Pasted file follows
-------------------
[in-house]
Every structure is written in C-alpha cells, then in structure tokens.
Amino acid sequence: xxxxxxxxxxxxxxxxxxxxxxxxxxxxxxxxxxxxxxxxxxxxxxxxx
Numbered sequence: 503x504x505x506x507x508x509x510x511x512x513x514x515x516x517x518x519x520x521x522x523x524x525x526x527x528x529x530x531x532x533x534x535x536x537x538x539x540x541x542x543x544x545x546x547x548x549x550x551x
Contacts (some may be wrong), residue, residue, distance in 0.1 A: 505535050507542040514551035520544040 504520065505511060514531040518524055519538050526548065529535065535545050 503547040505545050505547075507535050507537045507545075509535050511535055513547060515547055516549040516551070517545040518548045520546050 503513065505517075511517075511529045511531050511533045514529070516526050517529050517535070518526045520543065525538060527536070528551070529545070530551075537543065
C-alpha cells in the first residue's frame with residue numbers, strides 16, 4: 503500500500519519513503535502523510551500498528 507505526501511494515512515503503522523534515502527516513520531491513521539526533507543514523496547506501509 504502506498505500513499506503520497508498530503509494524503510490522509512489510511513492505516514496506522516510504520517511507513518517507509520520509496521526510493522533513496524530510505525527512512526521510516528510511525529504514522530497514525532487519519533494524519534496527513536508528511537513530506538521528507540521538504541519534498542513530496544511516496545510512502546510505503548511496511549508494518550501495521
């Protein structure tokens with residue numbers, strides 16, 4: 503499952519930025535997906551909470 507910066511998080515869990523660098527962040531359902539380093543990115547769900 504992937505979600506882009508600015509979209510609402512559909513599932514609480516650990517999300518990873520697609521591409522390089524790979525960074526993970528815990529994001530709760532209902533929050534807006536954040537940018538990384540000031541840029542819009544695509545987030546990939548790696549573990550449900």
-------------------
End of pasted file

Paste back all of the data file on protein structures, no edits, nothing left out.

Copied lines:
[in-house]
Every structure is written in C-alpha cells, then in structure tokens.
Amino acid sequence: xxxxxxxxxxxxxxxxxxxxxxxxxxxxxxxxxxxxxxxxxxxxxxxxx
Numbered sequence: 503x504x505x506x507x508x509x510x511x512x513x514x515x516x517x518x519x520x521x522x523x524x525x526x527x528x529x530x531x532x533x534x535x536x537x538x539x540x541x542x543x544x545x546x547x548x549x550x551x
Contacts (some may be wrong), residue, residue, distance in 0.1 A: 505535050507542040514551035520544040 504520065505511060514531040518524055519538050526548065529535065535545050 503547040505545050505547075507535050507537045507545075509535050511535055513547060515547055516549040516551070517545040518548045520546050 503513065505517075511517075511529045511531050511533045514529070516526050517529050517535070518526045520543065525538060527536070528551070529545070530551075537543065
C-alpha cells in the first residue's frame with residue numbers, strides 16, 4: 503500500500519519513503535502523510551500498528 507505526501511494515512515503503522523534515502527516513520531491513521539526533507543514523496547506501509 504502506498505500513499506503520497508498530503509494524503510490522509512489510511513492505516514496506522516510504520517511507513518517507509520520509496521526510493522533513496524530510505525527512512526521510516528510511525529504514522530497514525532487519519533494524519534496527513536508528511537513530506538521528507540521538504541519534498542513530496544511516496545510512502546510505503548511496511549508494518550501495521
């Protein structure tokens with residue numbers, strides 16, 4: 503499952519930025535997906551909470 507910066511998080515869990523660098527962040531359902539380093543990115547769900 504992937505979600506882009508600015509979209510609402512559909513599932514609480516650990517999300518990873520697609521591409522390089524790979525960074526993970528815990529994001530709760532209902533929050534807006536954040537940018538990384540000031541840029542819009544695509545987030546990939548790696549573990550449900």